- Report Published -
|Study of Truants and Runaways|
|Virginia Commission on Youth|
|HJR 93 (Regular Session, 1998)|
|In 1997, the Commission on Youth began a two-year study on the statewide service capacity and program needs of truant and runaway youth in Virginia. A Task Force comprised of legislators, representatives of state and local child-serving agencies, public and private service programs, the legal and law enforcement communities, and the State Board of Education was established to guide the study effort. In the first year, focus groups were held across the state to identify the strengths and weaknesses of Virginia's system to identify and intervene with runaway and truant youth. As a result of the first-year efforts, three primary areas were identified for legislative intervention: improvement of the collaboration between local school districts and the Juvenile Court; expansion of educational options for students not succeeding in the existing educational system; and increased public sector accountability to work effectively with status offenders and their families.|
In the second year, four workgroups were formed to develop recommendations and to develop statewide and national surveys on compulsory school attendance, the General Educational Development (GED) program, truancy intervention, and educational options for statewide administration to educators and Juvenile Court Judges. The Task Force toured model vocational and technical education centers in Virginia and were briefed on promising national models to intervene effectively with both truants and runaways. After two years of analysis, the solutions developed seek to expedite the process by which students' needs are identified and to provide schools, as well as communities, with the resources to meet those needs.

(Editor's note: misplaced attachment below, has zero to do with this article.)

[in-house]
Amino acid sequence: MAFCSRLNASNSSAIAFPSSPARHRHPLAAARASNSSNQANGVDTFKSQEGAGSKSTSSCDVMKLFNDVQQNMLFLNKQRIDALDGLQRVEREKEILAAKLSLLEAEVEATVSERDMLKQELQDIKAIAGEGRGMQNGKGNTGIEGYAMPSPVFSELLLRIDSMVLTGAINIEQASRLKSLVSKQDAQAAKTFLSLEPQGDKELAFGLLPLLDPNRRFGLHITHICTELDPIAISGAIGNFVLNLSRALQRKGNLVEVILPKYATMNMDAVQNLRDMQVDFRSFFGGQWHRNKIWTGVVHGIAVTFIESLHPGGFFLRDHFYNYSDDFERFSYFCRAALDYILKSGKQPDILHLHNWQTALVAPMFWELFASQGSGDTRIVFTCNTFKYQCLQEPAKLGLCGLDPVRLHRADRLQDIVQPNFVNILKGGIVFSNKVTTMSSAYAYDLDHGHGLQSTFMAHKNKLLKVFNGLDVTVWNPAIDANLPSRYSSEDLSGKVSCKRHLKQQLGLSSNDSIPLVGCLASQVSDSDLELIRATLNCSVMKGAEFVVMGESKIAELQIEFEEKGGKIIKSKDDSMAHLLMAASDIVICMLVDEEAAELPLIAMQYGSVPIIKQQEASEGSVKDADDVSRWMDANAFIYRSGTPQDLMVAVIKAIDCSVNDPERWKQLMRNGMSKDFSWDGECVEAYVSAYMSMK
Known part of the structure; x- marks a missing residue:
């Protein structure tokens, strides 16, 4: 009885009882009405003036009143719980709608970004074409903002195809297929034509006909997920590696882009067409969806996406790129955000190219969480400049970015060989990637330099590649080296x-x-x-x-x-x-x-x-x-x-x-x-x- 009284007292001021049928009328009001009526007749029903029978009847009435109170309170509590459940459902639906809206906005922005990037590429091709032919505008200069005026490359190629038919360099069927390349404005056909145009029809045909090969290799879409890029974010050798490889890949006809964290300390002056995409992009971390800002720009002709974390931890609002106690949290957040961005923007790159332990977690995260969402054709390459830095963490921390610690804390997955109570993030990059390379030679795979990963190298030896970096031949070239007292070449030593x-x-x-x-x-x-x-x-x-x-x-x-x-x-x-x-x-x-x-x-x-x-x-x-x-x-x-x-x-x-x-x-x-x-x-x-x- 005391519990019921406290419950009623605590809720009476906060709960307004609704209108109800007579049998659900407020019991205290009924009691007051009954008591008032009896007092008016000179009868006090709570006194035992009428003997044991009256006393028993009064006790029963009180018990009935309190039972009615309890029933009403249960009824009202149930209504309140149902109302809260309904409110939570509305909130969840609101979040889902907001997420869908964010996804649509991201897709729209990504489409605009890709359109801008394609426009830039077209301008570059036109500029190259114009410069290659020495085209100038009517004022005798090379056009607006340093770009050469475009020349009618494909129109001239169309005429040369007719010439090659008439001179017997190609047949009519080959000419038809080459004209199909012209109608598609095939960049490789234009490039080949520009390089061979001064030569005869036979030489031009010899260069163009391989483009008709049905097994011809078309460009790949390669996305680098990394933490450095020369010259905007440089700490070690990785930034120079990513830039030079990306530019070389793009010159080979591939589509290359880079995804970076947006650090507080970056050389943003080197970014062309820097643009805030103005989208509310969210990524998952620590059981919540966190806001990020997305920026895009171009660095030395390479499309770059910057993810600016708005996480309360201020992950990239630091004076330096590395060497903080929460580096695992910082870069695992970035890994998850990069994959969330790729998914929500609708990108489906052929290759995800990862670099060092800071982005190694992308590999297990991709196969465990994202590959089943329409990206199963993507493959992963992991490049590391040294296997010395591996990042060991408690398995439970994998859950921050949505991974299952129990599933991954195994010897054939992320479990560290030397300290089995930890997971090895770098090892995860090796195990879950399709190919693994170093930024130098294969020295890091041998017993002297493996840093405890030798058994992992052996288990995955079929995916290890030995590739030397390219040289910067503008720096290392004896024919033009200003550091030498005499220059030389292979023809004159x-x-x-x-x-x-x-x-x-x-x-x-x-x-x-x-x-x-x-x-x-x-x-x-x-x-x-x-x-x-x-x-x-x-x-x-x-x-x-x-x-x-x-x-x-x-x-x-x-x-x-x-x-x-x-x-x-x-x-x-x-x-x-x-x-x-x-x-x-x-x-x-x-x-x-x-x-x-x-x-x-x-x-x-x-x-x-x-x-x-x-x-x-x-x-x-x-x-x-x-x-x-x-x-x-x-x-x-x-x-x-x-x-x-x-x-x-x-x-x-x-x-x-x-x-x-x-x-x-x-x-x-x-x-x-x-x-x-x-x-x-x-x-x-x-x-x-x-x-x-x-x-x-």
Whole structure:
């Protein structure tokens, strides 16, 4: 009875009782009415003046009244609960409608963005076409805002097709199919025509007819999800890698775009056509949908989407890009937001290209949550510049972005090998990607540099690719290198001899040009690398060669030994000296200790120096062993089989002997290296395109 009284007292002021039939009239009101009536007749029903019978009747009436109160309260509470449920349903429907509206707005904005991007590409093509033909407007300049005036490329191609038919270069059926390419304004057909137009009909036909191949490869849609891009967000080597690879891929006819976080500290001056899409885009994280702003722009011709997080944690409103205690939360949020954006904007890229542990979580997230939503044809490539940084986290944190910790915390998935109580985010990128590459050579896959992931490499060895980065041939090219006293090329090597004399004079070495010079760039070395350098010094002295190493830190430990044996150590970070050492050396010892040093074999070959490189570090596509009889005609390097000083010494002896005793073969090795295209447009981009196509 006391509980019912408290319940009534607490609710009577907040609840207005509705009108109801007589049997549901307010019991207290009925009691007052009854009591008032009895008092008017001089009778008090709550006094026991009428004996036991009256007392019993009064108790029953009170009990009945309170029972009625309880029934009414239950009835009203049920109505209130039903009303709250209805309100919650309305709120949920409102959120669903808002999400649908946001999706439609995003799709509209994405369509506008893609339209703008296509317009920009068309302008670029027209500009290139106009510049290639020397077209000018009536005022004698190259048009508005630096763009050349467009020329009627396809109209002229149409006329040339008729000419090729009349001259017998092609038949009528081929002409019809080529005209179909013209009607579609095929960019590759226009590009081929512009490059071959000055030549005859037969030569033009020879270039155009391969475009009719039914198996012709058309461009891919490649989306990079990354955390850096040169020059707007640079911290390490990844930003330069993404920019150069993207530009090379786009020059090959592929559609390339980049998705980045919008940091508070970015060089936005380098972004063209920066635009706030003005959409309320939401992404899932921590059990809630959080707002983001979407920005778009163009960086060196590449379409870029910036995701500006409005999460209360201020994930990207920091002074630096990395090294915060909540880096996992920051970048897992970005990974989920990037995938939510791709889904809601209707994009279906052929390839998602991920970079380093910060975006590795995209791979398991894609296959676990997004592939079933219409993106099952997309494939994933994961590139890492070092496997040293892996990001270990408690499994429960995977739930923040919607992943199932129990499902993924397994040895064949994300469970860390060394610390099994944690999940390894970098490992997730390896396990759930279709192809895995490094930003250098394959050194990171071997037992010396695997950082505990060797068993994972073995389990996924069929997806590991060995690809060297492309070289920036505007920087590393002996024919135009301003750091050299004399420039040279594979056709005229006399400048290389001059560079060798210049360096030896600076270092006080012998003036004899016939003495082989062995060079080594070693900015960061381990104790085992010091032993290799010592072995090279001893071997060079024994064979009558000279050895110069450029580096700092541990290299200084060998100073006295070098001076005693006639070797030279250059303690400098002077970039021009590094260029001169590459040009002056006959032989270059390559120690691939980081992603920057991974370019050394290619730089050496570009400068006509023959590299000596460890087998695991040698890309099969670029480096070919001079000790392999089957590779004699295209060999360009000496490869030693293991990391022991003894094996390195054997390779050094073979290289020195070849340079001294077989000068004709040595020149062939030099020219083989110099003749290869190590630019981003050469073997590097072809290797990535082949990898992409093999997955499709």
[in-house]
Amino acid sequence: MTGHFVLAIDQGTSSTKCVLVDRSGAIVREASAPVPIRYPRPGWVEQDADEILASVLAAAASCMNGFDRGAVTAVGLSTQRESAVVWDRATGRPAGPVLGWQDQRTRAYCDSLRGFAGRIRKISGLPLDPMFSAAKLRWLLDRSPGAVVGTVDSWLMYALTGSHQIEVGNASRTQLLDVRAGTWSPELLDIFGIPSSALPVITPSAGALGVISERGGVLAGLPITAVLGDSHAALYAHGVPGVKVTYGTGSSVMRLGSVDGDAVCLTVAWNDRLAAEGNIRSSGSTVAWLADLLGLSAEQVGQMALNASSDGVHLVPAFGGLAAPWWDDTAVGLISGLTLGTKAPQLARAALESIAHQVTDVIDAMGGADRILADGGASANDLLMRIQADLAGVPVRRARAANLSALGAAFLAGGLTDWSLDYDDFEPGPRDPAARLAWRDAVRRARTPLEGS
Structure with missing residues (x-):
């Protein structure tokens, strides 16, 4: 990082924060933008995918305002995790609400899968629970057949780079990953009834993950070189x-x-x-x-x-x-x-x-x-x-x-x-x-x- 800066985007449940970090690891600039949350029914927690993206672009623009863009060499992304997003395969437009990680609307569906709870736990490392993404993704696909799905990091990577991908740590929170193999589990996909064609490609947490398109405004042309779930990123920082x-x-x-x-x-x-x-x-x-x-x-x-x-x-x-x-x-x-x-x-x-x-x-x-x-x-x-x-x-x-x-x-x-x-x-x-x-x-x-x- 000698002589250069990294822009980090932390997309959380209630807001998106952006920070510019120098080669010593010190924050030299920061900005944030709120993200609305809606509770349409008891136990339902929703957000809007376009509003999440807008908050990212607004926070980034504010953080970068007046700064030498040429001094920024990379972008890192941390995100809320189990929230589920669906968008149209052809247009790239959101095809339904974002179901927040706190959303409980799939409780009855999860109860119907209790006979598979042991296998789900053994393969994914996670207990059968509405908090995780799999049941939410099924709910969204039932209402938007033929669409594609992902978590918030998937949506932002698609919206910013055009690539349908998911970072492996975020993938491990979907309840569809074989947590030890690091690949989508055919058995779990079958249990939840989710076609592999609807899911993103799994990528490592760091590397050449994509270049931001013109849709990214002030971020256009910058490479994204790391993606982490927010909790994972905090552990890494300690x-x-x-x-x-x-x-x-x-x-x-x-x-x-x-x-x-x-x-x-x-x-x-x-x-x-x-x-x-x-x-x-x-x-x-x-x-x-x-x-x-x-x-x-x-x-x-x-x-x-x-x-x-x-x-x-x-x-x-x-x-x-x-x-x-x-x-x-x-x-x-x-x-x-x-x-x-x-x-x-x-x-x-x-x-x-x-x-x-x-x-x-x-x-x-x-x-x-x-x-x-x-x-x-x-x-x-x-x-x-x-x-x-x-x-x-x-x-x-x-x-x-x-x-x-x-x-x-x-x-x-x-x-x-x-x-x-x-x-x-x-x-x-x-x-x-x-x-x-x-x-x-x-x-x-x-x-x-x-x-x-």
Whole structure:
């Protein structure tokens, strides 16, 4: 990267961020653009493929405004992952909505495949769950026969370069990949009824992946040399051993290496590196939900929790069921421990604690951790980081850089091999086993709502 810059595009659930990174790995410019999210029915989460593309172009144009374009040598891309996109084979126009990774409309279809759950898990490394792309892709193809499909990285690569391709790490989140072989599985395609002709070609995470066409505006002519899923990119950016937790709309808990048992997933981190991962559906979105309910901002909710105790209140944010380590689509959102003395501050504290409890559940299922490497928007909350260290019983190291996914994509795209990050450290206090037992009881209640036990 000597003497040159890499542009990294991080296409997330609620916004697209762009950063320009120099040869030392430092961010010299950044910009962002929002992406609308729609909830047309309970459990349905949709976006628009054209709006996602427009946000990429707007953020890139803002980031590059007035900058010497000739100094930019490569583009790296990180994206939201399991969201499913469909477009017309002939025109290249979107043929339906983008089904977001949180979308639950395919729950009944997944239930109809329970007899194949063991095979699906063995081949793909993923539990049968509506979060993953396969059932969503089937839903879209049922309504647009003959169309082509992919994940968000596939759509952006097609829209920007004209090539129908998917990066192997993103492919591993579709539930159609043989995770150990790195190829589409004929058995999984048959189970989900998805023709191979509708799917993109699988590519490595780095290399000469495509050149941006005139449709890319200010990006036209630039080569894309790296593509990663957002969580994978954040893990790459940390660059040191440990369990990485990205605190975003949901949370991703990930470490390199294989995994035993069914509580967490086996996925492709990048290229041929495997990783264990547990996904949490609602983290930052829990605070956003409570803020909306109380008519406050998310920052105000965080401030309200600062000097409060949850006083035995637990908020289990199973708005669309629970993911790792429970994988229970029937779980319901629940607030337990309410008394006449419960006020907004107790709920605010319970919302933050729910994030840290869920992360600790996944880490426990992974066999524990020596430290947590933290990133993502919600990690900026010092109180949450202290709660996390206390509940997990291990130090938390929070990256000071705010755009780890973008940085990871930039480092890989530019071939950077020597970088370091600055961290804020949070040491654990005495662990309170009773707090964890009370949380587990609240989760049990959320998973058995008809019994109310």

The recommendations offered below seek to reinforce a system in which parents, students, schools, courts, and communities are held accountable for school attendance. In addition, the recommendations include options to meet the diverse needs of students and families and the expectations for behavior, as well as the consequences for non-compliance, are clear to all parties involved. Detailed justification for the findings and recommendations is provided in Section VI.